I noticed the file is packed with UPX:
I unpacked it with with
I noticed that it has AuotIt script in the resources:
I opened it in Resource Hacker:
And saved it using
Action > Save Resource to a *.bin file... as a
a3x file (because of its header
A3 48 4B).
This is a compiled version of AutoiIt script so I needed to use the program Exe2Auth program in order to view it as AutoIt script which is more readable.
The problem is that Exe2Auth support only 32 bit files:
I followed the instructions by hexacorn:
- Download 32-bit AuotIt and unpack it
autoit-v18.104.22.168.zip\Aut2Exe\AutoItSC.binto the folder where the 64-bit compiled AutoIt resides
- Installed Strawberry perl for windows and saved hexacorn perl script:
use warnings;my $f=shift || die ("Gimme a file name!");print STDERR "Processing '$f':\n";
print STDERR "- Reading 'AutoItSC.bin'\n";
read F,my $a, -s 'AutoItSC.bin';
close F;print STDERR "- Reading '$f'\n";
read F,my $d, -s $f;
close F;print STDERR "- Looking for the script\n";
my $pd=(pos $d)-16;
print STDERR "- Script found @ ".sprintf("%08lX",$pd)."\n";
print STDERR "- Creating 32-bit version '$f.a32.exe'\n";
print F $a.substr($d,$pd,length($d)-$pd);
print STDERR "- Script not found !\n";
Drop the new extracted 32 bit AutoIt script file to Exe2Auth:
De-obfuscating the script
When I opened the script I noticed it is obfuscated. I started to de-obfuscate it and I wrote a script the does it and you can find the full de-obfuscated version here. After that I had a clear version of it and it was time to start and understand it.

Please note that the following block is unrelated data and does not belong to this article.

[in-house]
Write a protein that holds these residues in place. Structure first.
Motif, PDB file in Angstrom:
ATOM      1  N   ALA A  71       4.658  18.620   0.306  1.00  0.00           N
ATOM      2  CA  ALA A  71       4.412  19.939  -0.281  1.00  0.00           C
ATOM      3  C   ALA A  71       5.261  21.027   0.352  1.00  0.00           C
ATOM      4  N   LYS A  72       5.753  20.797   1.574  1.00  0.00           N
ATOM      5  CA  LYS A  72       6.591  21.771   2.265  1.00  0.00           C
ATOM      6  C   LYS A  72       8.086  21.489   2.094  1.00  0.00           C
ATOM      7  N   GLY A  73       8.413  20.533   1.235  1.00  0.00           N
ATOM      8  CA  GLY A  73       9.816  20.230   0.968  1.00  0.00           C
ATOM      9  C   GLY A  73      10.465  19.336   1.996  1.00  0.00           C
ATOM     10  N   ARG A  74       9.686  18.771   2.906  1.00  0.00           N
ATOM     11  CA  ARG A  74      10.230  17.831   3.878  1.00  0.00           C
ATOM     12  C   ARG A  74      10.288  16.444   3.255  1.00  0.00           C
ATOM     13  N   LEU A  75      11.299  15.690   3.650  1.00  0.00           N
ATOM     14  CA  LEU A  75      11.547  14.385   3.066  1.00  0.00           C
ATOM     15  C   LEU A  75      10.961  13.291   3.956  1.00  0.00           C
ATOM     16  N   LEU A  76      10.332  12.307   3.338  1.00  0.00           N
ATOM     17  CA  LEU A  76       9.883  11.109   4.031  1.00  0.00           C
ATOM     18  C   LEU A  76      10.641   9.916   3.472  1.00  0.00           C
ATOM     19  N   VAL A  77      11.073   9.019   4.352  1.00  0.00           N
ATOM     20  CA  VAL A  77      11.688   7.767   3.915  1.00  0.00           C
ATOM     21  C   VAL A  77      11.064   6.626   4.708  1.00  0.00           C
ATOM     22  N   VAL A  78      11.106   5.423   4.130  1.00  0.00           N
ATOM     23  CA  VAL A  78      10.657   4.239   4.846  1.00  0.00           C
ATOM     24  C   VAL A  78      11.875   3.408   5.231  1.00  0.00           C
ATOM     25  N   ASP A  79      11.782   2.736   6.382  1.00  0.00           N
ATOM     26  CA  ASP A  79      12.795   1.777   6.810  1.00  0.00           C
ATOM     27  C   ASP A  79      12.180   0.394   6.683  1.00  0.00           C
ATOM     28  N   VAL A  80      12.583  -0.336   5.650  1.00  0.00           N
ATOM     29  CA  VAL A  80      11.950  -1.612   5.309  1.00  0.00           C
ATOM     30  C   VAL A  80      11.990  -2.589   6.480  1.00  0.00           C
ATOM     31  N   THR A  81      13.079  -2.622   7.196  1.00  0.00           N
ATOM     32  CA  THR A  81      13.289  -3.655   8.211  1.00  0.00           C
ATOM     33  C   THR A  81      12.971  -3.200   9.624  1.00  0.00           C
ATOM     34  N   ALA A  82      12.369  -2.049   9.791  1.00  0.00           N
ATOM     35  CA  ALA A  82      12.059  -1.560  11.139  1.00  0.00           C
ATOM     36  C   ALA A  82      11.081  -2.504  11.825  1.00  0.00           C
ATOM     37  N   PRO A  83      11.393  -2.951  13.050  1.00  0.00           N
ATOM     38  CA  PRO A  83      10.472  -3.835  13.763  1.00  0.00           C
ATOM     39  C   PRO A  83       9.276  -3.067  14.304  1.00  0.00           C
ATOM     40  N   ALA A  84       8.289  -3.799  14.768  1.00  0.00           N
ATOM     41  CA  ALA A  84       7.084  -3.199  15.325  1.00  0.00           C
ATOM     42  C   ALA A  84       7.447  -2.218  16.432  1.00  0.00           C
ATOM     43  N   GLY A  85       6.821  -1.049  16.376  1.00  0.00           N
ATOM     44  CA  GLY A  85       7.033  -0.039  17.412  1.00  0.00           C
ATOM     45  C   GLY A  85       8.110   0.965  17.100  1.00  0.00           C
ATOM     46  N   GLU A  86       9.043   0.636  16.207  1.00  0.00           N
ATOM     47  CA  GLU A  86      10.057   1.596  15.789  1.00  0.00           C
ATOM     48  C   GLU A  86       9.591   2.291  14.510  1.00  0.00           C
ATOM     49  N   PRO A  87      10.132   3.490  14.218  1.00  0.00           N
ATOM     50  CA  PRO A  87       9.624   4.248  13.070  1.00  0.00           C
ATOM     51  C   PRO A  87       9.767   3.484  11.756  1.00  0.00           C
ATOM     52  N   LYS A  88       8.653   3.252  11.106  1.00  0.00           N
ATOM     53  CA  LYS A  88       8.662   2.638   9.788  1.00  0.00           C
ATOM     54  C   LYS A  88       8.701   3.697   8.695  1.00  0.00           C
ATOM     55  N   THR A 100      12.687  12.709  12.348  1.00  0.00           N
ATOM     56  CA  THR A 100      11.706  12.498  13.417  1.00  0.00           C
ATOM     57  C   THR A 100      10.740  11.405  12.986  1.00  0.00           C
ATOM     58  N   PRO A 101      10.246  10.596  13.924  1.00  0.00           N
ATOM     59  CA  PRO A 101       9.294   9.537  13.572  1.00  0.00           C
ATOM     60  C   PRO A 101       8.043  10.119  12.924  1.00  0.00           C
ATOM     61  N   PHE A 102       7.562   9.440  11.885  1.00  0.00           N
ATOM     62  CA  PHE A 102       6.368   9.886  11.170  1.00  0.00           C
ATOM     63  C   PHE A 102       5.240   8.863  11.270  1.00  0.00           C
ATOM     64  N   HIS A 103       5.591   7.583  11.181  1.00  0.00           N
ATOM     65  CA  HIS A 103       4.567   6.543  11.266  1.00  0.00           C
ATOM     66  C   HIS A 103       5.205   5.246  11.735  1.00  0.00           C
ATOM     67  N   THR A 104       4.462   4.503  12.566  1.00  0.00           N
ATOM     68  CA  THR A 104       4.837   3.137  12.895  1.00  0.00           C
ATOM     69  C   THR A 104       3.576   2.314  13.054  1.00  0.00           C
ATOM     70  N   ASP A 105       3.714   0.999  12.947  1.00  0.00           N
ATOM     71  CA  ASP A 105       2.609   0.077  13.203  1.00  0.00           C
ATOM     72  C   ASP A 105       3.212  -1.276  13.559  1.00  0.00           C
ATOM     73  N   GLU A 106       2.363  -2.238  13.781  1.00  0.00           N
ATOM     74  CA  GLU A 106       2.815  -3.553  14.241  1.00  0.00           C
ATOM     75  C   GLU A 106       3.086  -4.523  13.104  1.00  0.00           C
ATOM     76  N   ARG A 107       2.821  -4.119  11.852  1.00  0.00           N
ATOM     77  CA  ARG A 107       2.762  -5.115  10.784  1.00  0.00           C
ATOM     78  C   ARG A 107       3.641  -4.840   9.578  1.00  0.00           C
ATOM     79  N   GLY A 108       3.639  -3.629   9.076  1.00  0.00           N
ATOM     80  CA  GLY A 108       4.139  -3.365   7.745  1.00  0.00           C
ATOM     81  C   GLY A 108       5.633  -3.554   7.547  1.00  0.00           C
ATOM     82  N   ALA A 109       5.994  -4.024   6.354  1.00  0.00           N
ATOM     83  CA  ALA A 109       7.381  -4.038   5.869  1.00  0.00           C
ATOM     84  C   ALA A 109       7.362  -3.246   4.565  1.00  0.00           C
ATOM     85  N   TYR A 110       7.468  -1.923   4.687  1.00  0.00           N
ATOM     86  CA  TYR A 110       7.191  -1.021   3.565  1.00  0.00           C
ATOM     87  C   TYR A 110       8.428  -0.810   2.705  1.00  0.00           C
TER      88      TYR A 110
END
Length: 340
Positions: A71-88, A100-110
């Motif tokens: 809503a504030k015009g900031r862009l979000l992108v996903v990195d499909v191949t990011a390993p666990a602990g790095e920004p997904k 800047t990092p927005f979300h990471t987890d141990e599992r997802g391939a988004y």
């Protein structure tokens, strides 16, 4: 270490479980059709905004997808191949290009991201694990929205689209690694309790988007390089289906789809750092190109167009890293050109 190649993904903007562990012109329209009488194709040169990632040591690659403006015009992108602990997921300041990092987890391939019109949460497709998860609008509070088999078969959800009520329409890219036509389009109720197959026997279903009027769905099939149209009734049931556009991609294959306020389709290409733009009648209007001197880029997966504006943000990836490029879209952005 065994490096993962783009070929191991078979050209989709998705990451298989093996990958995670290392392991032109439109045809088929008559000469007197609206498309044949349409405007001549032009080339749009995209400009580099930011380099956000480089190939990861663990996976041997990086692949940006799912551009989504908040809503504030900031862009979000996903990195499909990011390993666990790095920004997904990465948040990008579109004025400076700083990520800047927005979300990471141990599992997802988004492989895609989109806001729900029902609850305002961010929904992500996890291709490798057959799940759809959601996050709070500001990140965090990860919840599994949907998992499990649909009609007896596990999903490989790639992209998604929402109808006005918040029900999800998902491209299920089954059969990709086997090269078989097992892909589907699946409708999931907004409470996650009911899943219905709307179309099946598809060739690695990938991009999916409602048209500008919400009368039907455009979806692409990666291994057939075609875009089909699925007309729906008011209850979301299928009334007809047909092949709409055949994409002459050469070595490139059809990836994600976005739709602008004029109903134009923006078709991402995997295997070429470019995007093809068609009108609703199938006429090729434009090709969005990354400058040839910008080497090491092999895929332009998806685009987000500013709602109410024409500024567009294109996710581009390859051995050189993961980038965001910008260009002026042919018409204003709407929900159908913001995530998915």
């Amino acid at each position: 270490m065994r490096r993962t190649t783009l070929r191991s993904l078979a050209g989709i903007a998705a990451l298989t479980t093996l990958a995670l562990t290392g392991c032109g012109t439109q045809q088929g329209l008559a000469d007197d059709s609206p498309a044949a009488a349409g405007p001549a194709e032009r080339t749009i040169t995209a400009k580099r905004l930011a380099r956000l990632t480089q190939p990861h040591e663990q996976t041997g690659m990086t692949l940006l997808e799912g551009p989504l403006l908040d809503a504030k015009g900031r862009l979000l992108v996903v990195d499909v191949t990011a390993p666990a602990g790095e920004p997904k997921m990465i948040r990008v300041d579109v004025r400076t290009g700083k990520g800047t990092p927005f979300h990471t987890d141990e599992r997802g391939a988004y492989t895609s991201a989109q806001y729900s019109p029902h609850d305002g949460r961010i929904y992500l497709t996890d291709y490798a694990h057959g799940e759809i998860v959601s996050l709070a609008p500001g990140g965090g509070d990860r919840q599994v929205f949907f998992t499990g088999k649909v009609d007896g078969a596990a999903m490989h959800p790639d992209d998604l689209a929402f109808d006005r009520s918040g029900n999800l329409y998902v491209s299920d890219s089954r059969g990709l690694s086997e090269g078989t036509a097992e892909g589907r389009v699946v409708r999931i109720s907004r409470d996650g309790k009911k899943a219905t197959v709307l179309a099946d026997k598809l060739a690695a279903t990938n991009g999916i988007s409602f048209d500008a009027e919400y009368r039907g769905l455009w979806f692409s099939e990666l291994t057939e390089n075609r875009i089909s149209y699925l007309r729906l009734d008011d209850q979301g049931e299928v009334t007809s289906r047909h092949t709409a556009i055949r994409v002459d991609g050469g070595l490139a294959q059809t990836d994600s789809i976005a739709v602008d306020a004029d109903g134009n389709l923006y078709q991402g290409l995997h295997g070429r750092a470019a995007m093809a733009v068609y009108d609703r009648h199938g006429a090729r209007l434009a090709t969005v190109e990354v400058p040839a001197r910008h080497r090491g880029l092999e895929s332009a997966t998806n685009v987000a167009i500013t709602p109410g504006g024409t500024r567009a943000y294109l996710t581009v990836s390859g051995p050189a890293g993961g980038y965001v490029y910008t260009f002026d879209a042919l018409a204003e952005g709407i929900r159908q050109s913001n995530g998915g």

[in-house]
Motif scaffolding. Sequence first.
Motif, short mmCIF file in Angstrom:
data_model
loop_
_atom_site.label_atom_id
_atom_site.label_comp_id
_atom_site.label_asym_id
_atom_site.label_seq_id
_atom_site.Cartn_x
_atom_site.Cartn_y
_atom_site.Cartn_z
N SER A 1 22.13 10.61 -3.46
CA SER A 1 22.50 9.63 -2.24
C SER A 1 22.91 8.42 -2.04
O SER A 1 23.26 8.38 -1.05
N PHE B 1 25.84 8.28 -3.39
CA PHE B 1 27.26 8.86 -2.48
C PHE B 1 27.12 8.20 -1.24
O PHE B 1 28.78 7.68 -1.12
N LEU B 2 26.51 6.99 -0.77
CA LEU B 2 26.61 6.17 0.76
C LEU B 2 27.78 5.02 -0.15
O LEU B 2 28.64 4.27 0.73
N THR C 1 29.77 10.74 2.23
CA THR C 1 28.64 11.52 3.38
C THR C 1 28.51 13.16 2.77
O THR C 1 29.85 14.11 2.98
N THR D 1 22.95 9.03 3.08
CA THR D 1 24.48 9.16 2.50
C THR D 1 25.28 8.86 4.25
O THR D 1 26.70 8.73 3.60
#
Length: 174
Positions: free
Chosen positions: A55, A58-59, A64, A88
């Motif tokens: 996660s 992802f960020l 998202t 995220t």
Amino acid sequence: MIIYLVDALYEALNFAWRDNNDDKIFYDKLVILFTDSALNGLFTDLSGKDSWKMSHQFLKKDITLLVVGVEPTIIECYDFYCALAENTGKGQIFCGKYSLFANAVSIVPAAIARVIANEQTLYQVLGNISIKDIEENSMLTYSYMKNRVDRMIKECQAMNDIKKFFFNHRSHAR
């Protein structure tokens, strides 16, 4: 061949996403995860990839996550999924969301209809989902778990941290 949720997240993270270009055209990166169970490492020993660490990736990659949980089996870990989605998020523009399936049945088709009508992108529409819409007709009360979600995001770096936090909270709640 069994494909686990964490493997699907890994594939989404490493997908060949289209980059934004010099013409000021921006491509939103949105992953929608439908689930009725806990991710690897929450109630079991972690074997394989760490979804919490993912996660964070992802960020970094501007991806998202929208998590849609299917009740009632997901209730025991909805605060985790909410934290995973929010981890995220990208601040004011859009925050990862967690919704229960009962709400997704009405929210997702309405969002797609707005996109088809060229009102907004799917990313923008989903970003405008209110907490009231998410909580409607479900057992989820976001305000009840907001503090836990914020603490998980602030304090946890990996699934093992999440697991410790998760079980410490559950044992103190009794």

I renamed the obfuscated function
cryptoFunc because it had number of crypto function in the bottom but the interesting part of this function is actually in the beginning where it call
GetComputerNameAFunc() to retrieve the computer name of the computer the program is running on and later to the function
aregtfdcyni, which I renamed to
modifyComputerNameStruct, that receives the computer name in hexadecimal.
But why there is a call to
GetComputerNameAFunc(), it doesn’t make sense. This crack me will be run on different computer with different names, something is weird and I needed to figure it out.
Understanding the modifyComputerNameStruct function
The function starts by creating (
installRandomFileName()) BMP file named
It then opens the file, and reads it content to a struct that build from two section. One is 54 bytes and the second is the rest of the file (file size minus 54).
There is a loop that runs over the computer name characters and on each character it read byte from the second section of the BMP struct. Let’s check the BMP file:
Notice to the marked area (the area after the 54 index). Some bytes are
0xFE. The difference is in the LSB bit:
0xFF: 1111 1111
0xFE: 1111 1110
Convert the code to Python
To find the correct computer name, we converted the AutoIt function to Python:
import osbmpFile = r'C:\tmp\flare2020\6\sprite.bmp'
bmpSize = os.path.getsize(bmpFile)
with open(bmpFile, 'rb') as f:
bmpContent = f.read()
count = 0
computerArray = 
for i in range(0,20):
newComputerName = ''
newComputerNameArray = 
bmpContent = bmpContent[54:]
numStr = ''
for i in range(0,len(computerArray)):
num = computerArray[i]
for j in range(6,0,-1):
num += (bmpContent[count] & 1) << j
count += 1
num += (bmpContent[count] & 1) << 0
count += 1
numStr += chr(num)
result = (num >> 1) + ((num & 1) << 7)
newComputerName += chr((num >> 1) + ((num & 1) << 7))
newComputerNameArray.append((num >> 1) + ((num & 1) << 7))
print('Result: ', numStr)>>> Result: aut01tfan1999
The hidden computer name is
I was lazy so I changed the VMware computer name to
Which after decode it with QR I got: